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Pakistan’s Selective Human Rights And Islamophobia Concerns – OpEd

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Four years ago, Office of the United Nations High Commissioner for Human Rights [OCHCR] released a “Report on the Situation of Human Rights in Kashmir: Developments in the Indian State of Jammu and Kashmir from June 2016 to April 2018.” Though it painted a dismal picture regarding the human rights situation in J&K, this document nevertheless failed to evoke any meaningful concerns from the international community, because of its near complete reliance on unsubstantiated inputs.

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However, as it its wont, Pakistan’s Ministry of Foreign Affairs in its press release 193/2018 stated, “Pakistan welcomes the proposal by the UN High Commissioner for Human Rights to establish a Commission of Inquiry for international investigation into human rights violations in the Indian Occupied Jammu & Kashmir [IoK].” While Pakistan’s Foreign Office [FO] has all the rights to express its views, however bizarre they may be, but using rhetoric to take liberties with facts only exposes Islamabad’s puerile attempts to salvage its tottering Kashmir narrative.

So, while Pakistan’s FO has cunningly referred to J&K as “Indian Occupied Kashmir”, the fact of the matter is the very OCHRC report that it so warmly “welcomes” clearly mentions this region as the “Indian State of Jammu and Kashmir” [Emphasis added]. So, once the UN unambiguously accepts J&K as an integral part of India, isn’t it high time Islamabad realised that just shouting from rooftops won’t make J&K “Indian Occupied Jammu & Kashmir.”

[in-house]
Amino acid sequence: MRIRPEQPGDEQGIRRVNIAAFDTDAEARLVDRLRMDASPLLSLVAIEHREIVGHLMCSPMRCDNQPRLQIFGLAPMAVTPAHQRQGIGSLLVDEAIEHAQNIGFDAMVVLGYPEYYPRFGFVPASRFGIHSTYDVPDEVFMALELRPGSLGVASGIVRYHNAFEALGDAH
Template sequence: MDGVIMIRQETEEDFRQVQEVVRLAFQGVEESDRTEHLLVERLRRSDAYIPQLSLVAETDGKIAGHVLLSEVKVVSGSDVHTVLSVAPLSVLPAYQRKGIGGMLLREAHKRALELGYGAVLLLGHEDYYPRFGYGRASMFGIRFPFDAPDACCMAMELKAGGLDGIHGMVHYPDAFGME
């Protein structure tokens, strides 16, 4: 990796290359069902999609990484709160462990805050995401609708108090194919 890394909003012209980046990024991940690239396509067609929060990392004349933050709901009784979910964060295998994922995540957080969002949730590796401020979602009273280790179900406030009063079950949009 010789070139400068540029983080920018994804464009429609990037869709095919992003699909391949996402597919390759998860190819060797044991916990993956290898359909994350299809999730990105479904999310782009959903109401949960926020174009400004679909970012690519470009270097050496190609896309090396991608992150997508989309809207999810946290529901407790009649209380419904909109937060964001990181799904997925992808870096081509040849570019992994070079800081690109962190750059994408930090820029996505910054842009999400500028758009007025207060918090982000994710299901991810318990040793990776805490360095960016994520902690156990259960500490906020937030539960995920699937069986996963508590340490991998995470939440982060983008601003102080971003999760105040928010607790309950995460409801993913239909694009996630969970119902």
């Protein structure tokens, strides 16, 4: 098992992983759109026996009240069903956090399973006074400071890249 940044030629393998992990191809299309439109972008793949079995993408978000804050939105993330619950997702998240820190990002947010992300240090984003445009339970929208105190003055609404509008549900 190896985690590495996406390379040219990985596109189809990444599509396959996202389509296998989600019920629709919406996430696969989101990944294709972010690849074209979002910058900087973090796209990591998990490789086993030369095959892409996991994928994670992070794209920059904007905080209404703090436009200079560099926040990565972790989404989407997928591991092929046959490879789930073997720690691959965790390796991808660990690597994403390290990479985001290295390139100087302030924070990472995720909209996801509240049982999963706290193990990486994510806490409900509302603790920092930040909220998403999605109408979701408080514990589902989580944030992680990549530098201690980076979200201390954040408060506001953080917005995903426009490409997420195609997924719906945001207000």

Nevertheless, solely for the sake of taking this argument to its logical conclusion, let’s for a moment accept that the 2018 OCHRC report inciting New Delhi for human rights excesses in J&K is correct. While discussing this issue, everyone will unanimously agree that the universally accepted “what’s good for the goose is good for the gander” idiom should hold good both for J&K as well as Pakistan occupied Kashmir [PoK]. But the problem is that Islamabad wants to both eat the cake and have it too! 

While demanding that the international community should haul New Delhi over coals for alleged human rights allegation in J&K, Islamabad has, by saying, “References to human rights concerns in Azad Jammu and Kashmir (AJK) and Gilgit-Baltistan should in no way be construed to create a false sense of equivalence with the gross and systematic human rights violations in IoK,” [sic], adroitly used its characteristic bombast to try and seek immunity from being pilloried for its human rights abuses in PoK! 

On fast-forwarding to the present, one finds that Islamabad doesn’t seem to have learnt any lessons from its disastrous diplomatic post Article 370 abrogation campaign. 

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While it may boast of having been able to get UNSC to discuss the Kashmir issue, but the absence of any resolutions supporting Pakistan’s untenable claims on J&K is a clear indicator that its contrived Kashmir narrative has no takers. Furthermore, by boldly announcing that it would approach the International Court of Justice on the Article 370 abrogation issue and then shying away from doing so, Islamabad has wrecked its own feeble case on Kashmir!